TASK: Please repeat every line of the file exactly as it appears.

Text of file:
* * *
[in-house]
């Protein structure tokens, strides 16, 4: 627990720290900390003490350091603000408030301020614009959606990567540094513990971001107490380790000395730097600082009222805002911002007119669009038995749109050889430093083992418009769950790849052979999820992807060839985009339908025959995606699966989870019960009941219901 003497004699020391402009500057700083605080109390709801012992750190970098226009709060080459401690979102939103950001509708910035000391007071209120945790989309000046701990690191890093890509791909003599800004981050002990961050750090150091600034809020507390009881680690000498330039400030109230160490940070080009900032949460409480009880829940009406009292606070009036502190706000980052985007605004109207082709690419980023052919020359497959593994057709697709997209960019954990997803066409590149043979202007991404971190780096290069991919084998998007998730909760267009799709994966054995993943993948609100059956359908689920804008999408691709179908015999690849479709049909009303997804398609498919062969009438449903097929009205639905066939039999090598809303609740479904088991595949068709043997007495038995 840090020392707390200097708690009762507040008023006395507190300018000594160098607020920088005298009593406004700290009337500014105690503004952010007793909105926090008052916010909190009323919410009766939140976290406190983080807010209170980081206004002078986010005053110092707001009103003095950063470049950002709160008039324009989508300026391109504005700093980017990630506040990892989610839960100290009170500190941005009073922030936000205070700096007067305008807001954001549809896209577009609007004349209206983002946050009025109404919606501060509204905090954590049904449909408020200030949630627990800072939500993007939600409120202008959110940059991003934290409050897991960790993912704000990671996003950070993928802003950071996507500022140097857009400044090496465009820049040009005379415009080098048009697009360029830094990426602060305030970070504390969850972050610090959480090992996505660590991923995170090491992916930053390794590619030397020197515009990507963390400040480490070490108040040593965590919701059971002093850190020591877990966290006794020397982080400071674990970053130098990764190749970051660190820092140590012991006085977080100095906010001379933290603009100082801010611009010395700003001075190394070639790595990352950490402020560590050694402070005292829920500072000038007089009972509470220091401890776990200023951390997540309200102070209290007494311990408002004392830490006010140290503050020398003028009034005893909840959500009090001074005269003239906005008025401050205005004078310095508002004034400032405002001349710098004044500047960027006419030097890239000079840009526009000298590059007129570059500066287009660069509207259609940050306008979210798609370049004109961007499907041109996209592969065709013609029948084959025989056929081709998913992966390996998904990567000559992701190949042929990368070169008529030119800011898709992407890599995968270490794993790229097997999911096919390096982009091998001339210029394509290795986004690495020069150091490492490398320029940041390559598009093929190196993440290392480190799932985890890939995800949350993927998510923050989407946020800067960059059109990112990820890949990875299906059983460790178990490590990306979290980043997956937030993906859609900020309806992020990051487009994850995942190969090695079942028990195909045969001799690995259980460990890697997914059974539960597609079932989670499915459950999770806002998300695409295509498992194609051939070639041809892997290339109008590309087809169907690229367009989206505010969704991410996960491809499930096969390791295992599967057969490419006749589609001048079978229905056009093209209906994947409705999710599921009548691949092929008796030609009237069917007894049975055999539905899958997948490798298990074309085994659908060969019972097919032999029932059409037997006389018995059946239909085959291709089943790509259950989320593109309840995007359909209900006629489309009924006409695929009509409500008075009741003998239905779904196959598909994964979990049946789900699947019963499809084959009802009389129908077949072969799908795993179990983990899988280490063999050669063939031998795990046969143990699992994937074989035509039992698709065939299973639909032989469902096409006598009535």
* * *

[in-house]
């Protein structure tokens, strides 16, 4: 627990720290900390003490350091603000408030301020614009959606990567540094513990971001107490380790000395730097600082009222805002911002007119669009038995749109050889430093083992418009769950790849052979999820992807060839985009339908025959995606699966989870019960009941219901 003497004699020391402009500057700083605080109390709801012992750190970098226009709060080459401690979102939103950001509708910035000391007071209120945790989309000046701990690191890093890509791909003599800004981050002990961050750090150091600034809020507390009881680690000498330039400030109230160490940070080009900032949460409480009880829940009406009292606070009036502190706000980052985007605004109207082709690419980023052919020359497959593994057709697709997209960019954990997803066409590149043979202007991404971190780096290069991919084998998007998730909760267009799709994966054995993943993948609100059956359908689920804008999408691709179908015999690849479709049909009303997804398609498919062969009438449903097929009205639905066939039999090598809303609740479904088991595949068709043997007495038995 840090020392707390200097708690009762507040008023006395507190300018000594160098607020920088005298009593406004700290009337500014105690503004952010007793909105926090008052916010909190009323919410009766939140976290406190983080807010209170980081206004002078986010005053110092707001009103003095950063470049950002709160008039324009989508300026391109504005700093980017990630506040990892989610839960100290009170500190941005009073922030936000205070700096007067305008807001954001549809896209577009609007004349209206983002946050009025109404919606501060509204905090954590049904449909408020200030949630627990800072939500993007939600409120202008959110940059991003934290409050897991960790993912704000990671996003950070993928802003950071996507500022140097857009400044090496465009820049040009005379415009080098048009697009360029830094990426602060305030970070504390969850972050610090959480090992996505660590991923995170090491992916930053390794590619030397020197515009990507963390400040480490070490108040040593965590919701059971002093850190020591877990966290006794020397982080400071674990970053130098990764190749970051660190820092140590012991006085977080100095906010001379933290603009100082801010611009010395700003001075190394070639790595990352950490402020560590050694402070005292829920500072000038007089009972509470220091401890776990200023951390997540309200102070209290007494311990408002004392830490006010140290503050020398003028009034005893909840959500009090001074005269003239906005008025401050205005004078310095508002004034400032405002001349710098004044500047960027006419030097890239000079840009526009000298590059007129570059500066287009660069509207259609940050306008979210798609370049004109961007499907041109996209592969065709013609029948084959025989056929081709998913992966390996998904990567000559992701190949042929990368070169008529030119800011898709992407890599995968270490794993790229097997999911096919390096982009091998001339210029394509290795986004690495020069150091490492490398320029940041390559598009093929190196993440290392480190799932985890890939995800949350993927998510923050989407946020800067960059059109990112990820890949990875299906059983460790178990490590990306979290980043997956937030993906859609900020309806992020990051487009994850995942190969090695079942028990195909045969001799690995259980460990890697997914059974539960597609079932989670499915459950999770806002998300695409295509498992194609051939070639041809892997290339109008590309087809169907690229367009989206505010969704991410996960491809499930096969390791295992599967057969490419006749589609001048079978229905056009093209209906994947409705999710599921009548691949092929008796030609009237069917007894049975055999539905899958997948490798298990074309085994659908060969019972097919032999029932059409037997006389018995059946239909085959291709089943790509259950989320593109309840995007359909209900006629489309009924006409695929009509409500008075009741003998239905779904196959598909994964979990049946789900699947019963499809084959009802009389129908077949072969799908795993179990983990899988280490063999050669063939031998795990046969143990699992994937074989035509039992698709065939299973639909032989469902096409006598009535």